The Missouri state wildlife commission will vote this Friday on whether to allow trophy hunters to target the state’s small and still-recovering black bear population. If the proposal passes, up to 500 individuals could get permits to kill bears, including cubs unaccompanied by their mothers. Only a handful of states allow the heinous practice of killing cubs.
Members of the Missouri Department of Conservation Commission, which is made up of political appointees, know that a vast majority of Missourians unequivocally oppose the hunt. Missourians submitted thousands of comments in opposition to the hunt, while fewer than 100 residents support it, according to information we obtained through a public records request.
Nearly 14,000 individuals also signed an online petition suggesting they would boycott travel to the Show-Me State if the bear hunt is allowed to move forward. A Remington Research Group poll we commissioned earlier this year found that 67% of Missourians do not support black bear trophy hunting.
It should be abundantly clear to the MDC by now that Missourians simply do not want this hunt. Most state residents understand the immense benefits that bears provide to the environments they live in and to the state’s tourism revenue. Tourism brings an estimated $18 billion annually to Missouri’s economy, and each year, millions of tourists throng to the state’s Ozark mountains, many hoping to catch a glimpse of these beloved animals.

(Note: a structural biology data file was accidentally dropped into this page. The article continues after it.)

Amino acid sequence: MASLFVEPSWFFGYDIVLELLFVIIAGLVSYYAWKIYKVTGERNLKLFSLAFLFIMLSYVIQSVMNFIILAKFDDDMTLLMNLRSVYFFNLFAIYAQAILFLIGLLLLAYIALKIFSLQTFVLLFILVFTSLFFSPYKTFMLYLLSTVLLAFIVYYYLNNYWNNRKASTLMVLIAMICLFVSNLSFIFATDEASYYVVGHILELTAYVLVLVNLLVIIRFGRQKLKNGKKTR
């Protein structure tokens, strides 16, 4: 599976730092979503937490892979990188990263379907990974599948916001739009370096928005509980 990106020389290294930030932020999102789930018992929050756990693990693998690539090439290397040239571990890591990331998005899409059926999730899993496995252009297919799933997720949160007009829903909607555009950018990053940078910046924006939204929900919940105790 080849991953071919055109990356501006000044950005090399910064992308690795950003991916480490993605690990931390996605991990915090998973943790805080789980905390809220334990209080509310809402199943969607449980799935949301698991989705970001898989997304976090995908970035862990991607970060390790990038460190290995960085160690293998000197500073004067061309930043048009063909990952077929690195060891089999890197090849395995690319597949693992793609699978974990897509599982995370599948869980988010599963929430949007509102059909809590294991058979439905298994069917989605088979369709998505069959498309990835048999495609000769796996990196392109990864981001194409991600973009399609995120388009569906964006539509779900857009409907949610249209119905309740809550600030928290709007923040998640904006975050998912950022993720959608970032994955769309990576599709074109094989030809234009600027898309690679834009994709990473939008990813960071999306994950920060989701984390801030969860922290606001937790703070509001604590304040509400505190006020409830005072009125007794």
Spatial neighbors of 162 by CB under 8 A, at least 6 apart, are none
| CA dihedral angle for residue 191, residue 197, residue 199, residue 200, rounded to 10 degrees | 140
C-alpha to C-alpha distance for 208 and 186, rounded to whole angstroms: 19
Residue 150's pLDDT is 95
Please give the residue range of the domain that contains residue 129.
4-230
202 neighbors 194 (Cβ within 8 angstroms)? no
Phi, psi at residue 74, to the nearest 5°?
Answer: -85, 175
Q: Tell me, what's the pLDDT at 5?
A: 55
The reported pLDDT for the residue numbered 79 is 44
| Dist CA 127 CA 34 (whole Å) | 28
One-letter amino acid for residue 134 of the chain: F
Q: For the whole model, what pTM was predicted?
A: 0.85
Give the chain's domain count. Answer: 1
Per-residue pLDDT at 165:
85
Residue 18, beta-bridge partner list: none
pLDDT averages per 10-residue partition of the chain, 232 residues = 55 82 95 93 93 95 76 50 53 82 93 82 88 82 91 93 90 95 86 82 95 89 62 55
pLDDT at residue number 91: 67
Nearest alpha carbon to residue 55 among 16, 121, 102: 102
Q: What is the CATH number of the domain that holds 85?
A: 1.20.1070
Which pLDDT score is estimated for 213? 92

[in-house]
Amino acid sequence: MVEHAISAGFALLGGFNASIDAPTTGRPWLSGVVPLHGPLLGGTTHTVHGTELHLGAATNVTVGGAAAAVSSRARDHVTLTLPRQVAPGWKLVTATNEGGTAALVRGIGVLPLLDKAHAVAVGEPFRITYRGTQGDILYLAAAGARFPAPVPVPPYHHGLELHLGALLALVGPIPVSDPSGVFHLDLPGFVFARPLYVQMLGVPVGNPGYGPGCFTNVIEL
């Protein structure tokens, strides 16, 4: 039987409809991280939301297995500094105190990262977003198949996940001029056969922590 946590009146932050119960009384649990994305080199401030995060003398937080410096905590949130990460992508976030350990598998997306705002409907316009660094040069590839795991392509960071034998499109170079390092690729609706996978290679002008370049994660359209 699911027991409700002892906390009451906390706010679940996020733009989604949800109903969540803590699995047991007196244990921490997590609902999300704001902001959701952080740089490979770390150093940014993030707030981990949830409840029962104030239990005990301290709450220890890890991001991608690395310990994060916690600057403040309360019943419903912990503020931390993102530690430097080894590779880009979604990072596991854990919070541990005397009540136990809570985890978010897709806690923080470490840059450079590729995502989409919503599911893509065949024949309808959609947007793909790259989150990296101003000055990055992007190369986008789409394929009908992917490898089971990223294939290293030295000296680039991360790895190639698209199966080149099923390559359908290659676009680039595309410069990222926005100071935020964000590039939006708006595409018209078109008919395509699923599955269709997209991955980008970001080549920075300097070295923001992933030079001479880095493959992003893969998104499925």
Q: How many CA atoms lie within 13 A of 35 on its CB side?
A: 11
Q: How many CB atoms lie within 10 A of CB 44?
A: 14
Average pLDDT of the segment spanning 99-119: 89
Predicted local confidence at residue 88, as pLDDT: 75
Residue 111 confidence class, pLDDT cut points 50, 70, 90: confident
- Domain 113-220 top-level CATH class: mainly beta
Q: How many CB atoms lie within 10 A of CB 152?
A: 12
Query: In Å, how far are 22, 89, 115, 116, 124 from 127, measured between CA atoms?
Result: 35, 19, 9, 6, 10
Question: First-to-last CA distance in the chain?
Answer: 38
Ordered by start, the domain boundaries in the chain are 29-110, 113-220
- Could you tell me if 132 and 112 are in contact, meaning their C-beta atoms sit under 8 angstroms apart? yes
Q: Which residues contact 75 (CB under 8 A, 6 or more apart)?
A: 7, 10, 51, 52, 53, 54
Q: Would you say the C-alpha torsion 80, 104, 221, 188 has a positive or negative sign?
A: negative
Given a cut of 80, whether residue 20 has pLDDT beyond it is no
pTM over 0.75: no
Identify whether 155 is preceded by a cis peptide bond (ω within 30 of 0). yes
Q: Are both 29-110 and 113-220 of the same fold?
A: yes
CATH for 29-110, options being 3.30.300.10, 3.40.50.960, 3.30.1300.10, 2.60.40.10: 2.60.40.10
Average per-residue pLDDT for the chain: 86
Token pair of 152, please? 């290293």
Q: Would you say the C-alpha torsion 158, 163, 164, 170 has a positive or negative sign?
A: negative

The only people who do want Missouri to open a bear hunt are trophy hunters who want to kill these animals for bragging rights. The trophy hunting industry’s fingerprints are, in fact, all over Missouri’s bear hunting proposal, and the Safari Club International Foundation partially funded one of the state’s preliminary bear population studies.
A new study on the economics of trophy hunting in the United States found that trophy hunters benefit largely from public and private lands largely maintained by non-hunters, and that federal taxes from all Americans, rather than from a minority of hunters, contribute to the funding of state wildlife management agencies. MDC officials would do well, then, to remember that they work at the will of the state’s taxpayers, not trophy hunting lobbies. They are tasked with the job of conserving the state’s wildlife, not offering wild animals for slaughter.
Missouri’s black bear population was nearly extirpated by the 1920s because of overhunting and logging, which decimated the bears’ habitat. These animals, so slow to reproduce, have not yet fully recovered and a hunt is the last thing they need. The MDC estimates that the current black bear population in the state is between 540 and 840 bears but this is just a guess and the numbers could, in fact, be lower. Allowing 500 hunting permits has the potential to wipe out the entire black bear population in Missouri, setting the clock back on all progress made over the decades. We urge the agency to do the right thing, honor the public’s wishes and keep Missouri’s black bears protected.